Becoming a successful leader requires a comprehensive understanding of the roles and responsibilities associated with leadership, along with a diverse skillset which promotes flexibility and strength in this capacity. Leaders must be innovative, creative, and work well with a variety of people from different backgrounds and cultures. Furthermore, they must demonstrate an effective understanding of the different issues which impact the practice setting and have the knowledge in place to overcome adversity and unite teams effectively. Leaders must also demonstrate strength, courage, and an unwavering commitment to excellence within these roles which will have a continuous impact on their employees and inspire them to perform to their maximum potential. The development of new ideas and concepts to improve the organization and the assigned team is critical to the success of the leader and requires a level of dedication that is unwavering and highly impactful. The following discussion will address some of the key aspects of leadership in greater detail, emphasizing the qualities that are necessary for leaders to be effective and successful in these roles and to develop strong and productive relationships with their employees in different ways.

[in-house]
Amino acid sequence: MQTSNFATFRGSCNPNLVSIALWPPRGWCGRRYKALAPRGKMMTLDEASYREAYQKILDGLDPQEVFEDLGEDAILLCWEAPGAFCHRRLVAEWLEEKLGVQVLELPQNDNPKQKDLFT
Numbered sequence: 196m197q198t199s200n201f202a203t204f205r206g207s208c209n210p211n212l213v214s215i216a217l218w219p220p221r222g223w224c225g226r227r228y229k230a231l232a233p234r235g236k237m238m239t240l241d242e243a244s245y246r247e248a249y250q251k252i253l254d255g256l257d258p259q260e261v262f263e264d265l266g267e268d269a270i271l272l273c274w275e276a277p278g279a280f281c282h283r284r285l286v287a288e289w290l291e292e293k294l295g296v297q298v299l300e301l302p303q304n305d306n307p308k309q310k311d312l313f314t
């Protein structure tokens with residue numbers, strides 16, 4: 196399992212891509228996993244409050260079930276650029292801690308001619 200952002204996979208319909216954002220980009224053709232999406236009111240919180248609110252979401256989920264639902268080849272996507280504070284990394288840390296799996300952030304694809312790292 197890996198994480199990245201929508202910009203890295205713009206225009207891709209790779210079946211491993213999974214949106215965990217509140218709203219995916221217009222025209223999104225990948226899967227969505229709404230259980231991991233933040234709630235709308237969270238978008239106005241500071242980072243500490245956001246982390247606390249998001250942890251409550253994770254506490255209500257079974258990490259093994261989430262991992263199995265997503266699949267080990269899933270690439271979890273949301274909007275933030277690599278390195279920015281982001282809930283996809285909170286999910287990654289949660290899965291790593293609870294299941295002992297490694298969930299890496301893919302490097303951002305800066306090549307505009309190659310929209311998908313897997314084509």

Leaders are responsible for overseeing a variety of roles and responsibilities across different teams and must have the capacity to communicate with employees on a variety of levels. However, leaders must be inspirational in different ways, and this is only accomplished when they are inspired by others to be leaders and to set an example for others to follow (Frank, 2008). Leaders must be inspired to perform at a higher level and to make changes that will impact employees and teams by supporting their actions and serving as a uniting force to bring teams together to accomplish the desired goals and objectives (Frank, 2008). Some leaders demonstrate a natural ability to bring people together in a variety of ways, while others must work at this task and master it through practice and inspiration to perform at a higher level (Frank, 2008). In either case, understanding the gravity of this responsibility is critical and requires new leaders to identify areas of strength and weakness that will drive results and engage them in activities with team members (Frank, 2008).